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Chapter 6. Income Taxes > Untaxed Income

Untaxed Income

Some of the income you receive is not counted for tax purposes. In 2003, the year in which this is being written, payments you receive from a qualified long-term care insurance policy are not taxable so long as any amounts you receive more than $220 a day are not more than the actual cost of your care. In a rare instance of Congressional wisdom, this figure is automatically adjusted for inflation annually. A qualified long-term-care insurance policy is one that is guaranteed to be renewable, does not have any cash surrender value, limits the use of any refunds and dividends to reducing future premiums or increasing benefits, and does not pay for services that would be reimbursed by Medicare.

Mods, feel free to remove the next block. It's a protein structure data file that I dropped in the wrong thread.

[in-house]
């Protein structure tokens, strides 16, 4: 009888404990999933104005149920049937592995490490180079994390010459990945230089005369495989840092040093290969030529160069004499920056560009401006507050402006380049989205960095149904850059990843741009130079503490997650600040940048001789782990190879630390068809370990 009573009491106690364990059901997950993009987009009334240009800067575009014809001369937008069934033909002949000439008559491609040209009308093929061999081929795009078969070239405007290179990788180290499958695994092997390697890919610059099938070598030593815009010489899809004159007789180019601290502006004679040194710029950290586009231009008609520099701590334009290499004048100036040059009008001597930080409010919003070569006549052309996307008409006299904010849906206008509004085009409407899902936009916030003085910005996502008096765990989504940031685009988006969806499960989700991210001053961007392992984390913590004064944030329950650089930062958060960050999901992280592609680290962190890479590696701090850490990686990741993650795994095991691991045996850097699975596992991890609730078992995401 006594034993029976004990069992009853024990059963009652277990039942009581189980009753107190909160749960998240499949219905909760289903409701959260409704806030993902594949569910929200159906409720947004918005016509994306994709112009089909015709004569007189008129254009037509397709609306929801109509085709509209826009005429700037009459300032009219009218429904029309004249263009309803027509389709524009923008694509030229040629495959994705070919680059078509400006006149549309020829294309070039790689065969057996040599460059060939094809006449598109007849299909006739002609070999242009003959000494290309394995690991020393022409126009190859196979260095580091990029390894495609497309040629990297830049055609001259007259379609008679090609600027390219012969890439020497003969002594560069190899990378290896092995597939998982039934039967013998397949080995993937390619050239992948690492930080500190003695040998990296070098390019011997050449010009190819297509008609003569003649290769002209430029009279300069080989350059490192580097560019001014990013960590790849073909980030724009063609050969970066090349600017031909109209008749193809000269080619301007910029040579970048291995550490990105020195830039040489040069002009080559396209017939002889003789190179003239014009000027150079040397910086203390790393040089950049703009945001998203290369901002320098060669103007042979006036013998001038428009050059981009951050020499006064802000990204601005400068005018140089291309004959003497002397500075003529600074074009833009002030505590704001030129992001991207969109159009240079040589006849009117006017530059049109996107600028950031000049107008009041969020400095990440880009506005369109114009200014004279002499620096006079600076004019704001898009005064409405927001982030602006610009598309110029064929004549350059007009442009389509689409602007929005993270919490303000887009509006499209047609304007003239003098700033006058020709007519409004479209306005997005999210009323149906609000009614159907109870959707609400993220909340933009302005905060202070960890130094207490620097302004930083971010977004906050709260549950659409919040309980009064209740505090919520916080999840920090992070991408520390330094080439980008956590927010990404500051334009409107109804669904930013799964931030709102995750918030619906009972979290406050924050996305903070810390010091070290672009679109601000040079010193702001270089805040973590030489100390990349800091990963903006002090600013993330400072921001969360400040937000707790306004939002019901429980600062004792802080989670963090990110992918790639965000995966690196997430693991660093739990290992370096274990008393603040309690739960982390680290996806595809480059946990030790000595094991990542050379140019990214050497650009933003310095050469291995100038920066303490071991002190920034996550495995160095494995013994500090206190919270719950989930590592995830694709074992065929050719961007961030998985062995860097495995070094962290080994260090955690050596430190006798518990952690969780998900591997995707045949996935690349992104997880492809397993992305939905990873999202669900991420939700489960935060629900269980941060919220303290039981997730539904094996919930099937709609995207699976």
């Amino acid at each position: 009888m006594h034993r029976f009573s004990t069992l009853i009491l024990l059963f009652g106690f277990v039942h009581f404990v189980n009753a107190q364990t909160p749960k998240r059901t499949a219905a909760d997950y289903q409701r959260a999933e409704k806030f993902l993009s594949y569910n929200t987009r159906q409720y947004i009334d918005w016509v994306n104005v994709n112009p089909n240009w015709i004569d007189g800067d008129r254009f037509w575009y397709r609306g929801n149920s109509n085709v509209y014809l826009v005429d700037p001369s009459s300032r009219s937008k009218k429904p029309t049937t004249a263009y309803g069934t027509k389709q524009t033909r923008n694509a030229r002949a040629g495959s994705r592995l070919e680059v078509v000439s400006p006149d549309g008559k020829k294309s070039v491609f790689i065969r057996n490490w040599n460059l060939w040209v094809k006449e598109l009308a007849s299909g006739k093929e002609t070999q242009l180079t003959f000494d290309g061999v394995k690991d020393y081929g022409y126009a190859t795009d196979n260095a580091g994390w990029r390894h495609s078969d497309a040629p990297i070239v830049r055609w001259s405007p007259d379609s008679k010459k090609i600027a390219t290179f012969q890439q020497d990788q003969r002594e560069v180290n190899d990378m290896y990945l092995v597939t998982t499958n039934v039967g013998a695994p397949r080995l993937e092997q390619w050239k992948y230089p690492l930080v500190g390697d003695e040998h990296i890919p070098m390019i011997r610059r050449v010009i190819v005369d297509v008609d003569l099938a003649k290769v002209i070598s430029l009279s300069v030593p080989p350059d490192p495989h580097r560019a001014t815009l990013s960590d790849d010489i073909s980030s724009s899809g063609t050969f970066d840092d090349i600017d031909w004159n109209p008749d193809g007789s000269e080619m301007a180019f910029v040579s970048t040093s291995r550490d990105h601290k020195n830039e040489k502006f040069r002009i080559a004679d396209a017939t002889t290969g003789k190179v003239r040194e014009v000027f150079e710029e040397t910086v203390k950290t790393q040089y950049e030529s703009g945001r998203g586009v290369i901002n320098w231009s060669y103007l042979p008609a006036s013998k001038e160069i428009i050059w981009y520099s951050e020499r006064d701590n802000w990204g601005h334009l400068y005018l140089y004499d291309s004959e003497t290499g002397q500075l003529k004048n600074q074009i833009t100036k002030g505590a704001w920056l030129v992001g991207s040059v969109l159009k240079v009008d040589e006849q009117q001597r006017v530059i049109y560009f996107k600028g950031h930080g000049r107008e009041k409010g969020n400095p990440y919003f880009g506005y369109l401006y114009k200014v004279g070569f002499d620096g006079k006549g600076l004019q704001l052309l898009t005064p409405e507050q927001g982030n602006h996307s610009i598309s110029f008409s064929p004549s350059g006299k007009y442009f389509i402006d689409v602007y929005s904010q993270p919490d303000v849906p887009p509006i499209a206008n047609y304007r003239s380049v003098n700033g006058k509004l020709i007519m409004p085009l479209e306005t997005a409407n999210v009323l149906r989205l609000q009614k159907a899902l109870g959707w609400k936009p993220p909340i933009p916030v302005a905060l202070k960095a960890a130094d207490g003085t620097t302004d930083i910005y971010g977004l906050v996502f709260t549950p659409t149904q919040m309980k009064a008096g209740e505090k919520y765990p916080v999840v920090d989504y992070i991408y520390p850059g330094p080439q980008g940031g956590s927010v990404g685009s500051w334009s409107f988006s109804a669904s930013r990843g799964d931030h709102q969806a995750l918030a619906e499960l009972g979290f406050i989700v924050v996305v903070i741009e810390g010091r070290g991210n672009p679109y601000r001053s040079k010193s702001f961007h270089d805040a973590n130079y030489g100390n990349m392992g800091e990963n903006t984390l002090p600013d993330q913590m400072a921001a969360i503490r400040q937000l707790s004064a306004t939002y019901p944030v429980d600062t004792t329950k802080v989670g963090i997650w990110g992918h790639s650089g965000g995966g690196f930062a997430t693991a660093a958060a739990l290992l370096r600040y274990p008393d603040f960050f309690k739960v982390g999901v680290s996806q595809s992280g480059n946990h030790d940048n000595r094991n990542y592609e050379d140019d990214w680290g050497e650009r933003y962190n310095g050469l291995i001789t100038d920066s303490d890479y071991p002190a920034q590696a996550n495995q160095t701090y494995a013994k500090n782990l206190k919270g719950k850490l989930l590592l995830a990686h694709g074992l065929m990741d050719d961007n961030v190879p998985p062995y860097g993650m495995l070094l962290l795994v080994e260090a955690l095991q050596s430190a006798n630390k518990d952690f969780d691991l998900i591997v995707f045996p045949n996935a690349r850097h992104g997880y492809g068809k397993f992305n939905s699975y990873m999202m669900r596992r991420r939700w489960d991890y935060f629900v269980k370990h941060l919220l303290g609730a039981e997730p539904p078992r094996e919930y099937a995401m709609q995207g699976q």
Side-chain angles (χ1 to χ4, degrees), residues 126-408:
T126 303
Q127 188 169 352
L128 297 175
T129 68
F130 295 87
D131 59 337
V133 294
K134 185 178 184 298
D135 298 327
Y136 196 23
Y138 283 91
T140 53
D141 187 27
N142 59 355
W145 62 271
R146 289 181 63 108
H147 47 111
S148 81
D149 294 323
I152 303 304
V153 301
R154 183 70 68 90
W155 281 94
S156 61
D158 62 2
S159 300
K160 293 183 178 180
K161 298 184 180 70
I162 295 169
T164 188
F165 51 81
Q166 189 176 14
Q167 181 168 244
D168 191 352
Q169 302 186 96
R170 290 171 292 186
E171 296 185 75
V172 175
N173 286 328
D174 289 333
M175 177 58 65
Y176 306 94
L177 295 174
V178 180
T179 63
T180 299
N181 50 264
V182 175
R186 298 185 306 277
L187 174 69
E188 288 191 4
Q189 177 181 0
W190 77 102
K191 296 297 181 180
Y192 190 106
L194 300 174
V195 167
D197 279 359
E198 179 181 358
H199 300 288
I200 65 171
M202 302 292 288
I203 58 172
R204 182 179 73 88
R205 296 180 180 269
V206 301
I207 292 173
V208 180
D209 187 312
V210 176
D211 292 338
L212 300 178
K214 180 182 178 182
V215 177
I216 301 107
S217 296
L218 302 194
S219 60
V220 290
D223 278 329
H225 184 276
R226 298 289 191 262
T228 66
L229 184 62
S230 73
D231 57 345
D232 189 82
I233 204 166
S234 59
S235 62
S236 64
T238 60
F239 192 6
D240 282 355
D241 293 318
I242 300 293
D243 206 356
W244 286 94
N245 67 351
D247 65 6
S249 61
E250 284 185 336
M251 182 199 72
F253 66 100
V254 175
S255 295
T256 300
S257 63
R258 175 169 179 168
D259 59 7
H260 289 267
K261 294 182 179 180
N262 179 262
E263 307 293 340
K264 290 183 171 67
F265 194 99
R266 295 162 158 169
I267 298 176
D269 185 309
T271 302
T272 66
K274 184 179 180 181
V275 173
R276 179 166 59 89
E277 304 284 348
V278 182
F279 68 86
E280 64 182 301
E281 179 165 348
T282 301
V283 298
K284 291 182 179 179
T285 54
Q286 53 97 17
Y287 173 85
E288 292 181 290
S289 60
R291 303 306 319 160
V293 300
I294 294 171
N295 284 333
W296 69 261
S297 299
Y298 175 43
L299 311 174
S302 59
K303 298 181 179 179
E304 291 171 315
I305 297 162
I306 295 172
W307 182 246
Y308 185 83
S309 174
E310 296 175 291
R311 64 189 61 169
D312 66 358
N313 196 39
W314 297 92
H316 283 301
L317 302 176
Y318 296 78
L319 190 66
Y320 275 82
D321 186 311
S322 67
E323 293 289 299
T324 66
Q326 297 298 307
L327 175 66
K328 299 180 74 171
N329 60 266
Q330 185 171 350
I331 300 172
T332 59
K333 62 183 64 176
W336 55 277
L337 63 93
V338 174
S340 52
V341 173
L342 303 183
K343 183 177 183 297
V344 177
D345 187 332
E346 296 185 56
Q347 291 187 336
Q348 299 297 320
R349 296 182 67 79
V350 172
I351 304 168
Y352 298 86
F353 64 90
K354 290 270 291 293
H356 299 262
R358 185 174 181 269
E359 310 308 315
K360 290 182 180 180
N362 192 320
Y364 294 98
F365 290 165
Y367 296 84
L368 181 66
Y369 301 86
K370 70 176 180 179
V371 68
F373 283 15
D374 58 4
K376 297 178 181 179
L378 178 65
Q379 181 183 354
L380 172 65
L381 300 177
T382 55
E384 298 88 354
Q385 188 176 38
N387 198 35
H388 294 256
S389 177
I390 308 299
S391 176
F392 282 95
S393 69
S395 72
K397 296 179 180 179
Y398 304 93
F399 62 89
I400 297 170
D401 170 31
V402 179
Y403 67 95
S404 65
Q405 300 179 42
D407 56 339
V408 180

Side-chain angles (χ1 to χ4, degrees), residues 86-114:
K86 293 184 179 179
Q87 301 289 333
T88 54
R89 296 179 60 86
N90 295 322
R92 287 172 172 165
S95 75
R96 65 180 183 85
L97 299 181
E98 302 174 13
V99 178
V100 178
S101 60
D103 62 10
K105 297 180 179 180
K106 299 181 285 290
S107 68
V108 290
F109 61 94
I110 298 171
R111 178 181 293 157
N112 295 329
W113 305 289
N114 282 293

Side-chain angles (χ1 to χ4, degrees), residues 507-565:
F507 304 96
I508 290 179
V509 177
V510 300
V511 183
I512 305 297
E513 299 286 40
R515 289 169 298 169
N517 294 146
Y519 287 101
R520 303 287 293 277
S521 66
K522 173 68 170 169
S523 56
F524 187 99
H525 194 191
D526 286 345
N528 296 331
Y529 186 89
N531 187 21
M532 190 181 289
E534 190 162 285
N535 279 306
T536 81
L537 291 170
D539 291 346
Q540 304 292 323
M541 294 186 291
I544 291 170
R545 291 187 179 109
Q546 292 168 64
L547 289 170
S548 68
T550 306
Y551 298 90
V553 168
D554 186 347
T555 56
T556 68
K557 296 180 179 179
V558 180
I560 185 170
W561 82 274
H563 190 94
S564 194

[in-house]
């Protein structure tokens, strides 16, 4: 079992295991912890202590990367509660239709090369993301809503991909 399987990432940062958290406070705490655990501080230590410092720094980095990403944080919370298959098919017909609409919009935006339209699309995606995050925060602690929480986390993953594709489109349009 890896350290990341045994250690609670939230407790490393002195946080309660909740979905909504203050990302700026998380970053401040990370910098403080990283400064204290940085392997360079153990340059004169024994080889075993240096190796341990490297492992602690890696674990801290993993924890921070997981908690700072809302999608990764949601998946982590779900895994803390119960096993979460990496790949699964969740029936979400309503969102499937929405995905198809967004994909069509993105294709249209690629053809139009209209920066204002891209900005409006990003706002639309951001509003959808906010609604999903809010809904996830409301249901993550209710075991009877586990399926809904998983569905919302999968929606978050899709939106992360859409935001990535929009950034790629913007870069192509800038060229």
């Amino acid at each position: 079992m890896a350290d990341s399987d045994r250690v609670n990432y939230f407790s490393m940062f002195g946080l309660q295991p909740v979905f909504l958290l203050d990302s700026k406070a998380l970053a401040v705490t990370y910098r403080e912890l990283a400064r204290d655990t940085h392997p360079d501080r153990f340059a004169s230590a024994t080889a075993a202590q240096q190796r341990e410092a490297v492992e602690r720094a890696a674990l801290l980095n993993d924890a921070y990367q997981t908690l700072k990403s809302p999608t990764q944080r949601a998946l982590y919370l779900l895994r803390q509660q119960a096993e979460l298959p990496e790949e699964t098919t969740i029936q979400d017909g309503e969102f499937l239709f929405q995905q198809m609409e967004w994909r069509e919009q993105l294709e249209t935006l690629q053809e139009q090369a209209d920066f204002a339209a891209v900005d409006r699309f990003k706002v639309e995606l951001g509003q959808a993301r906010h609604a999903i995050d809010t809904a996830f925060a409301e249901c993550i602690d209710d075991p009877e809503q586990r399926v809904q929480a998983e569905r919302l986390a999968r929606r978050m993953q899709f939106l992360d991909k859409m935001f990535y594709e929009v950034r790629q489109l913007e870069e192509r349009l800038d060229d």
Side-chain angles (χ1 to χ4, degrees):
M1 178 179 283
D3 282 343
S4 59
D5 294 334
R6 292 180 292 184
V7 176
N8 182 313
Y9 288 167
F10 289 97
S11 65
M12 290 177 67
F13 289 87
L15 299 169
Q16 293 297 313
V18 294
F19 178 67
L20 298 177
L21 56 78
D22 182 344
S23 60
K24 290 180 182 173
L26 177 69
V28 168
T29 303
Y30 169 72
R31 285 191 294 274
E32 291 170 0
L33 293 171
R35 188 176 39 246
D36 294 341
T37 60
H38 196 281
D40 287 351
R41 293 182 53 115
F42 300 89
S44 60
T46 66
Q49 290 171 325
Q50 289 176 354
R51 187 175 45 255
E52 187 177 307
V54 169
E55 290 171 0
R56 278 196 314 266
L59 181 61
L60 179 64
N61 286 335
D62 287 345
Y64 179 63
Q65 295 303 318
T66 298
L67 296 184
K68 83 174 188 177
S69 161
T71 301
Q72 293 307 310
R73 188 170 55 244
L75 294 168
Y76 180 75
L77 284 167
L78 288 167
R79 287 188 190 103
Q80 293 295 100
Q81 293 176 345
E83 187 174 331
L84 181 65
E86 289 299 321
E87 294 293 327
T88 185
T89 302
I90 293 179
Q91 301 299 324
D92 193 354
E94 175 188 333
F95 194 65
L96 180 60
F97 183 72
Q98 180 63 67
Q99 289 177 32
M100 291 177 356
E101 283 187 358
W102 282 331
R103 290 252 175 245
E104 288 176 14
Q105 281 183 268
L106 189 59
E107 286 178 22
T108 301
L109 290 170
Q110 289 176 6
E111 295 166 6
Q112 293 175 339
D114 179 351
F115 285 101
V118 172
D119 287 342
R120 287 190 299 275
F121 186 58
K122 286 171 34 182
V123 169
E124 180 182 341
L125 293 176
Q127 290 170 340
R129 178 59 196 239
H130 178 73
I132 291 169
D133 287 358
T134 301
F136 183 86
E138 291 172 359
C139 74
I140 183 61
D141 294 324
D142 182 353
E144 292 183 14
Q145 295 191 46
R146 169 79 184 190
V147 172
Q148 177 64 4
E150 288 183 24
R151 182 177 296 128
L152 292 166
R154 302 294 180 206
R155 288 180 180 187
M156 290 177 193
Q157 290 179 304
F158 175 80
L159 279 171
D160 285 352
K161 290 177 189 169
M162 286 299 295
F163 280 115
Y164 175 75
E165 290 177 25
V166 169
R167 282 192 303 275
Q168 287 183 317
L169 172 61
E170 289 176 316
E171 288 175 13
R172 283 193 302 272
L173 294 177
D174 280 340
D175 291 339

In addition, payments you receive from a disability insurance policy may not be countable for tax purposes. As usual, the code splits hairs in a way that would make a hairdresser proud. If the premiums on your disability insurance were paid by you, then the amounts you receive from the policy are not counted at all. But if premiums were paid by your employer and not included in your taxable income when paid, then the money you receive from your disability insurance is countable income. And if you paid some of the premium, well, you know the drill, the IRS will calculate the amount of your disability benefit that relates to the amount of the premium you did not pay and will tax you on it. Obviously the IRS never heard of Henry David Thoreau’s motto of “Simplify, simplify, simplify!”


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